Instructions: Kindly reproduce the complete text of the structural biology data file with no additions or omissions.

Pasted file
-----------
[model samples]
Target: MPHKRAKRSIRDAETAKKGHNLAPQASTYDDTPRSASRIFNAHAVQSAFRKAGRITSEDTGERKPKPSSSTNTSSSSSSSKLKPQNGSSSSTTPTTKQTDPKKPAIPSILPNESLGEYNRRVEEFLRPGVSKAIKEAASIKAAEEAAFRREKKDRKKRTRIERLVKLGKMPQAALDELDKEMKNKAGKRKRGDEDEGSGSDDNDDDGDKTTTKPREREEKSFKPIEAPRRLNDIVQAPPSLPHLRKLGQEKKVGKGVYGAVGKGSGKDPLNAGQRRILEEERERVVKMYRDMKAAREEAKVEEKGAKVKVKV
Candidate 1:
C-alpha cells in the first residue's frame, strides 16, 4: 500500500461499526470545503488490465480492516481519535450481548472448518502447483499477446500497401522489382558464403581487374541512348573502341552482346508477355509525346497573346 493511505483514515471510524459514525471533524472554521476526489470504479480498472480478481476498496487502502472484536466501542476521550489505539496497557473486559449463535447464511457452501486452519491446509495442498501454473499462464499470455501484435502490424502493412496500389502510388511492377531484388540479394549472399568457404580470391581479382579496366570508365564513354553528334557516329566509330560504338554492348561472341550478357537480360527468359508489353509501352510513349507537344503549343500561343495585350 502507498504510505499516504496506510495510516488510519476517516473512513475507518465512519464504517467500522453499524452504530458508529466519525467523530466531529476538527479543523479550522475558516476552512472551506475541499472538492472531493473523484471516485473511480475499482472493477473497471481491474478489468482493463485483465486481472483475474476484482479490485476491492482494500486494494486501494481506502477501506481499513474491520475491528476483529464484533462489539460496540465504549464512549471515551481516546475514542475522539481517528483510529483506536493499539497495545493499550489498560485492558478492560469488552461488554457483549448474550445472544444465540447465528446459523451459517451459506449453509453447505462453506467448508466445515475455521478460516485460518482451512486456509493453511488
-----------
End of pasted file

[model samples]
Target: MPHKRAKRSIRDAETAKKGHNLAPQASTYDDTPRSASRIFNAHAVQSAFRKAGRITSEDTGERKPKPSSSTNTSSSSSSSKLKPQNGSSSSTTPTTKQTDPKKPAIPSILPNESLGEYNRRVEEFLRPGVSKAIKEAASIKAAEEAAFRREKKDRKKRTRIERLVKLGKMPQAALDELDKEMKNKAGKRKRGDEDEGSGSDDNDDDGDKTTTKPREREEKSFKPIEAPRRLNDIVQAPPSLPHLRKLGQEKKVGKGVYGAVGKGSGKDPLNAGQRRILEEERERVVKMYRDMKAAREEAKVEEKGAKVKVKV
Candidate 1:
C-alpha cells in the first residue's frame, strides 16, 4: 500500500461499526470545503488490465480492516481519535450481548472448518502447483499477446500497401522489382558464403581487374541512348573502341552482346508477355509525346497573346 493511505483514515471510524459514525471533524472554521476526489470504479480498472480478481476498496487502502472484536466501542476521550489505539496497557473486559449463535447464511457452501486452519491446509495442498501454473499462464499470455501484435502490424502493412496500389502510388511492377531484388540479394549472399568457404580470391581479382579496366570508365564513354553528334557516329566509330560504338554492348561472341550478357537480360527468359508489353509501352510513349507537344503549343500561343495585350 502507498504510505499516504496506510495510516488510519476517516473512513475507518465512519464504517467500522453499524452504530458508529466519525467523530466531529476538527479543523479550522475558516476552512472551506475541499472538492472531493473523484471516485473511480475499482472493477473497471481491474478489468482493463485483465486481472483475474476484482479490485476491492482494500486494494486501494481506502477501506481499513474491520475491528476483529464484533462489539460496540465504549464512549471515551481516546475514542475522539481517528483510529483506536493499539497495545493499550489498560485492558478492560469488552461488554457483549448474550445472544444465540447465528446459523451459517451459506449453509453447505462453506467448508466445515475455521478460516485460518482451512486456509493453511488